Recent work from DeepMind on grounded language learning in virtual environments:

Emergent Systematic Generalization in a Situated AgentFelix Hill, Andrew Lampinen, Rosalia Schneider, Stephen Clark, Matthew Botvinick, James L. McClelland, Adam Santoro: https://arxiv.org/abs/1910.00571

Understanding Early Word Learning in Situated Artificial AgentsFelix Hill, Stephen Clark, Karl Moritz Hermann, Phil Blunsom: https://arxiv.org/abs/1710.09867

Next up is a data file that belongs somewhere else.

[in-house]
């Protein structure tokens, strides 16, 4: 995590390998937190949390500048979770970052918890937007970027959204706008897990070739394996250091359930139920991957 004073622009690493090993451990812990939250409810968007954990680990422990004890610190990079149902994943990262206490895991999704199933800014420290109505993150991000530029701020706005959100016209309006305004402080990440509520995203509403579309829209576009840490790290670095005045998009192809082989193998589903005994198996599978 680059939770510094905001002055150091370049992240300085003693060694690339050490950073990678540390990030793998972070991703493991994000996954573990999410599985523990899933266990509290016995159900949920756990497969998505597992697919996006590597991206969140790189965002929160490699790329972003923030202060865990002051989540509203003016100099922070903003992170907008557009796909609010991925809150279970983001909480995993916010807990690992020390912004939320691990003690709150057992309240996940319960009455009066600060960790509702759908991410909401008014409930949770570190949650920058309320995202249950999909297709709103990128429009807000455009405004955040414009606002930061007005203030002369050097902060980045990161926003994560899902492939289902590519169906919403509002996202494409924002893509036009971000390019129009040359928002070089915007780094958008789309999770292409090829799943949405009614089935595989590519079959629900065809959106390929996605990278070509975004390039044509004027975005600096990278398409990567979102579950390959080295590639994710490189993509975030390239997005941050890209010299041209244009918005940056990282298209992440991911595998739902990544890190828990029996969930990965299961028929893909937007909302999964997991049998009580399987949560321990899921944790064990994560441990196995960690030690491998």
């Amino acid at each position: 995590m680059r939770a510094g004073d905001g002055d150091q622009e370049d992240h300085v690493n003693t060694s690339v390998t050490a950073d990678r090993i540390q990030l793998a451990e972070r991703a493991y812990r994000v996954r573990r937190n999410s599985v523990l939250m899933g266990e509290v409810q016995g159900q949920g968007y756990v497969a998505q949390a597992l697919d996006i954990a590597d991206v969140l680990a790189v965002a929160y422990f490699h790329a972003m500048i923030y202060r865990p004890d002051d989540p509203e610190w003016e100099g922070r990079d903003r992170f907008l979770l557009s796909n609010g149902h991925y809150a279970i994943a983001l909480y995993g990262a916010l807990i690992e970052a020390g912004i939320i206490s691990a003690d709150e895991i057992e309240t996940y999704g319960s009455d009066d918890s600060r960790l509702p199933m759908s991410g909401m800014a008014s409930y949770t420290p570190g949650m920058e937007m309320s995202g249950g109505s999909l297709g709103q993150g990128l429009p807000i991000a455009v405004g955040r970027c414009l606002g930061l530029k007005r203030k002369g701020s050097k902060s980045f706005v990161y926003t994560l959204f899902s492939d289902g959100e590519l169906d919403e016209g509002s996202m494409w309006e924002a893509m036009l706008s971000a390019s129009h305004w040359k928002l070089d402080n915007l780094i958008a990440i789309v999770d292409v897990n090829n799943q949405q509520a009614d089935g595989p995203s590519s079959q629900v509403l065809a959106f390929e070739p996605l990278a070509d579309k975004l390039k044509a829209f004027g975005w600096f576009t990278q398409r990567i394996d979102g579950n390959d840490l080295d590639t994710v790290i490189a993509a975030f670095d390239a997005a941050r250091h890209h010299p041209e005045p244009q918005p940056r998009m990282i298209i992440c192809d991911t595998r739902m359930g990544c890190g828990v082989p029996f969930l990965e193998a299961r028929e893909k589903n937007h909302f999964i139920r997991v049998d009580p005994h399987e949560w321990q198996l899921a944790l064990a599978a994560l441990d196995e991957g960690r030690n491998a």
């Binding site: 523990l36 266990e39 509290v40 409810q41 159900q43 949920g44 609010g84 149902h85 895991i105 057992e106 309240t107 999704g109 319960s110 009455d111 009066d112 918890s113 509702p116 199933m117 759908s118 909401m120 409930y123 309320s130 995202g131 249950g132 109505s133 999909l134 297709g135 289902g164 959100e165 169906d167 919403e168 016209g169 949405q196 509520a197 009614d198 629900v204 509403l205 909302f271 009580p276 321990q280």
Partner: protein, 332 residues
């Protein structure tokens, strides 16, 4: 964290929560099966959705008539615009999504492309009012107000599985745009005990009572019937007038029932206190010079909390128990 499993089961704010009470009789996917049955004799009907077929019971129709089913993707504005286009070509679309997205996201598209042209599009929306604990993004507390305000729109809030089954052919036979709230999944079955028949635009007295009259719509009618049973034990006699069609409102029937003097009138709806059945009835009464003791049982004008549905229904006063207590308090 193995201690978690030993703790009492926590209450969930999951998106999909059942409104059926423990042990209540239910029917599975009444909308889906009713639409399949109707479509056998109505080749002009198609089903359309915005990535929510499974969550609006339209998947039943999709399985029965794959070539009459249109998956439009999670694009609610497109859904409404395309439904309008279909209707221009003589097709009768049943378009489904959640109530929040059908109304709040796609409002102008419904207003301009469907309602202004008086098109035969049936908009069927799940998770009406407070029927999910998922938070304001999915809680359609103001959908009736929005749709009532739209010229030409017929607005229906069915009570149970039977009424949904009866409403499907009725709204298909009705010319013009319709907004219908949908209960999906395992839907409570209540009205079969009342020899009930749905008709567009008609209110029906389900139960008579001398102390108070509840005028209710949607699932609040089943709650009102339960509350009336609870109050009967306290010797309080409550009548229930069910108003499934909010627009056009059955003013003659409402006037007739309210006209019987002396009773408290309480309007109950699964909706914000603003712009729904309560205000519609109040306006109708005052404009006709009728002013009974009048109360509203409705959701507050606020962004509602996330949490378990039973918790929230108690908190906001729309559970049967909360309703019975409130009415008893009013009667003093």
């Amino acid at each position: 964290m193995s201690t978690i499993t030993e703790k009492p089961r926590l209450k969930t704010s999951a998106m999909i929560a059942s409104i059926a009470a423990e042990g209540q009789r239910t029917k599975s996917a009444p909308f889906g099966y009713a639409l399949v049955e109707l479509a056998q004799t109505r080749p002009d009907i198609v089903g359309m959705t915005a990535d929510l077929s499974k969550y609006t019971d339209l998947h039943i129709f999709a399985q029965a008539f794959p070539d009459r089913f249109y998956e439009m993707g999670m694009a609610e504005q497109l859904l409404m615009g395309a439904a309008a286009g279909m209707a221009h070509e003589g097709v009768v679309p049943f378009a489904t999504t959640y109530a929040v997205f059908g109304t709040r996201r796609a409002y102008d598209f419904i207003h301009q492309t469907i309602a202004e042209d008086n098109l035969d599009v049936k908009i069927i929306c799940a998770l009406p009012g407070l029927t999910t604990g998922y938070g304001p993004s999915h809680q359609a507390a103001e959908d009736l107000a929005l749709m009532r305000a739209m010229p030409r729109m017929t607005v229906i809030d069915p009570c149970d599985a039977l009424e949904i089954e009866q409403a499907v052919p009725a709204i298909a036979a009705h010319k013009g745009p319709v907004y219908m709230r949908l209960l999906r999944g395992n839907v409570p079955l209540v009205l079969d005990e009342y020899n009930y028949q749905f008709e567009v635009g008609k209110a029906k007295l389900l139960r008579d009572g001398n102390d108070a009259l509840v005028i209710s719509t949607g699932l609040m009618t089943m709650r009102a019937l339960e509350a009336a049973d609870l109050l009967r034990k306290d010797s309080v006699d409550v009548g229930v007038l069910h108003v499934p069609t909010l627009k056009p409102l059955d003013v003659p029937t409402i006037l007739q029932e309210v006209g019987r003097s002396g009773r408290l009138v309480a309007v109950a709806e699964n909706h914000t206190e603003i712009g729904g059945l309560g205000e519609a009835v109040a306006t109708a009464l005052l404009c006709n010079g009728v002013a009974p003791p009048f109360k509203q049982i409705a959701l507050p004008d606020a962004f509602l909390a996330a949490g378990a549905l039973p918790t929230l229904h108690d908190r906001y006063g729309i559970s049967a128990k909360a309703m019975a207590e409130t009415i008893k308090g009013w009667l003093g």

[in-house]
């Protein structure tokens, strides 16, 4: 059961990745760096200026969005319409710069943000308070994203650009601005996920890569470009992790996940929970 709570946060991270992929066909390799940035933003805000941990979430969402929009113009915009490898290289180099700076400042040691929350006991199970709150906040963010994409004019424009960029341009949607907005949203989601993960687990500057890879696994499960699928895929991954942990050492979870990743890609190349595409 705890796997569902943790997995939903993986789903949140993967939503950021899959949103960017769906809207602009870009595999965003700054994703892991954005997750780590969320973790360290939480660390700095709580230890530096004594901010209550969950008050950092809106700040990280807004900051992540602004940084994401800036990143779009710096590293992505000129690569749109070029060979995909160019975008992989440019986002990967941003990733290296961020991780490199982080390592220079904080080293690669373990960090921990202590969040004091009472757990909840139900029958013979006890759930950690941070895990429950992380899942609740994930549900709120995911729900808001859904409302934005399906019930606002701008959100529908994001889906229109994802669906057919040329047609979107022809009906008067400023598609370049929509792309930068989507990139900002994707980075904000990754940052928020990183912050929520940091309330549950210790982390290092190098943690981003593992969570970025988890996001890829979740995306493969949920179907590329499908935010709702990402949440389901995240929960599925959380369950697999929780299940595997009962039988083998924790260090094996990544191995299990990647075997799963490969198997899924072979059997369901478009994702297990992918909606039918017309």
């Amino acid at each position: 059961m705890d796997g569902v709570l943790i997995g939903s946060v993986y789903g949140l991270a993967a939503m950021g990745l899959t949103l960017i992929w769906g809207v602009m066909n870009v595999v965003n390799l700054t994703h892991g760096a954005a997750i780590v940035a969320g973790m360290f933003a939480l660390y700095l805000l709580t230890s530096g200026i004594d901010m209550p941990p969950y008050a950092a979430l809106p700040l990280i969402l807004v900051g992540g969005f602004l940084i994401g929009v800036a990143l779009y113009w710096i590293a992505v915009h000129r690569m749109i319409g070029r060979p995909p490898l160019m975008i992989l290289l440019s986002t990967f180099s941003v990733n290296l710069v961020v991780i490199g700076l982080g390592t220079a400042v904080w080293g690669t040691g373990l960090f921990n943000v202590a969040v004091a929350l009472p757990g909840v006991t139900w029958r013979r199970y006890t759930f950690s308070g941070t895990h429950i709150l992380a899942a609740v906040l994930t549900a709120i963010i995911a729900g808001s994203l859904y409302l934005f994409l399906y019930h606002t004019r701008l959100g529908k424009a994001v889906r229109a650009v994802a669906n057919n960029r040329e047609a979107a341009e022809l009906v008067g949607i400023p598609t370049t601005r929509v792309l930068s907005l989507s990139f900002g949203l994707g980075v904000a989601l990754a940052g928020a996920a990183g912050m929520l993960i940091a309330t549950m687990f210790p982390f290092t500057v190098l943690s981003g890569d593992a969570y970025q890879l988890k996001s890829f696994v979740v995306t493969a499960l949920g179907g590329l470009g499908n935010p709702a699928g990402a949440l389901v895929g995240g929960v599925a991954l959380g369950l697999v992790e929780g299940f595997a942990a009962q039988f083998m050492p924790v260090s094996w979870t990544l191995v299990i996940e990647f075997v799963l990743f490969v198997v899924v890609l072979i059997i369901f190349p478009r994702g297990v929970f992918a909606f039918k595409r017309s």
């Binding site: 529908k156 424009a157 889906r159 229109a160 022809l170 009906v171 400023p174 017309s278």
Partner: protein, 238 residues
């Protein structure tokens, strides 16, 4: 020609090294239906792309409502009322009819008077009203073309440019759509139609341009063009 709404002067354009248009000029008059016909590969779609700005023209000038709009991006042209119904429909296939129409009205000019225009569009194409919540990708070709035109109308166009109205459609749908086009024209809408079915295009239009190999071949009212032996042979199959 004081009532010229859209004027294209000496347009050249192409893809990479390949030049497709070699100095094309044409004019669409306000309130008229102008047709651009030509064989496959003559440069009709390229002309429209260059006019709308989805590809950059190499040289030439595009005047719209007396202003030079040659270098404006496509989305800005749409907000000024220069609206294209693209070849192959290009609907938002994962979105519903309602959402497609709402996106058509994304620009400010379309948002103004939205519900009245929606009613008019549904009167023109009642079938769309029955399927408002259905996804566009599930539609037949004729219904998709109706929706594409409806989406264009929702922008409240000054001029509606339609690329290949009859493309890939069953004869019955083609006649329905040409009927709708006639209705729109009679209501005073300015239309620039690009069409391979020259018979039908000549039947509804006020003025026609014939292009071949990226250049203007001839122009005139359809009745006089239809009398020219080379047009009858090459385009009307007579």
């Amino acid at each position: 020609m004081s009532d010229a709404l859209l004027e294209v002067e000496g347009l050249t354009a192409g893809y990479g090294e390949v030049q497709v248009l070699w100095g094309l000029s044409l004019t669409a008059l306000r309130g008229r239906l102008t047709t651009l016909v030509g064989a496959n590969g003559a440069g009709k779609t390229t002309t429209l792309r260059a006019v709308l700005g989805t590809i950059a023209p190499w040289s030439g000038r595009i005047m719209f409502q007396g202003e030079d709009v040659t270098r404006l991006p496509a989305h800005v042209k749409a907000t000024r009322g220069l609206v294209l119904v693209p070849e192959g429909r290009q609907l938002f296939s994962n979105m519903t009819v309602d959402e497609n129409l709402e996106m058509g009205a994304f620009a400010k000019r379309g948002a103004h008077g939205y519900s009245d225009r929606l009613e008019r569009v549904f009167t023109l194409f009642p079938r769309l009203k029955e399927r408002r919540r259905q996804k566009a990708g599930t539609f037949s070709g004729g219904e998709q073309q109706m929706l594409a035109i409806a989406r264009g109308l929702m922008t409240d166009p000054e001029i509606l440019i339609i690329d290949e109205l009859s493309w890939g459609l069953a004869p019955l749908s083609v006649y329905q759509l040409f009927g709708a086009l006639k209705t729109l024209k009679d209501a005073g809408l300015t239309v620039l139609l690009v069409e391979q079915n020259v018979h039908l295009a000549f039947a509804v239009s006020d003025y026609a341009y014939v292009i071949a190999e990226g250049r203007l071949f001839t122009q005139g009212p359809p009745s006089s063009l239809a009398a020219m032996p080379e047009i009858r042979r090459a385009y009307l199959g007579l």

These are the academic web pages of Stephen Clark, who is now a full-time Research Scientist at DeepMind, and an Honorary Professor at Queen Mary University of London. Previously he spent 18 years working at UK universities, first as a postdoctoral researcher at the University of Edinburgh; then as a member of Faculty at the Oxford University Department of Computer Science, and a Fellow of Keble College, Oxford; and finally as a member of Faculty at the University of Cambridge Department of Computer Science and Technology. He holds a PhD in Computer Science and Artificial Intelligence from the University of Sussex, and an MA in Philosophy from Gonville and Caius College, Cambridge. He has been the recipient of ERC Consolidator and  Proof-of-Concept Grants (2012-2018), Chair of the European Chapter of the Association for Computational Linguistics (2011-2015), and program co-chair for the flagship ACL conference (in 2010). He is an Associate Editor for the Journal of Artificial Intelligence Research, and has been an Action Editor for the Transactions of the Association for Computational Linguistics, as well as on the Editorial Boards of Computational Linguistics, Journal of Artificial Intelligence Research, Computer Speech and Language, and the Journal of Natural Language Engineering. He carries out research at the intersection of Natural Language Processing, Computational Linguistics and Machine Learning, with much of his previous work focusing on the syntactic and semantic analysis of natural language text. His current research focus is the acquisition of language by artificial agents in the context of realistic virtual environments.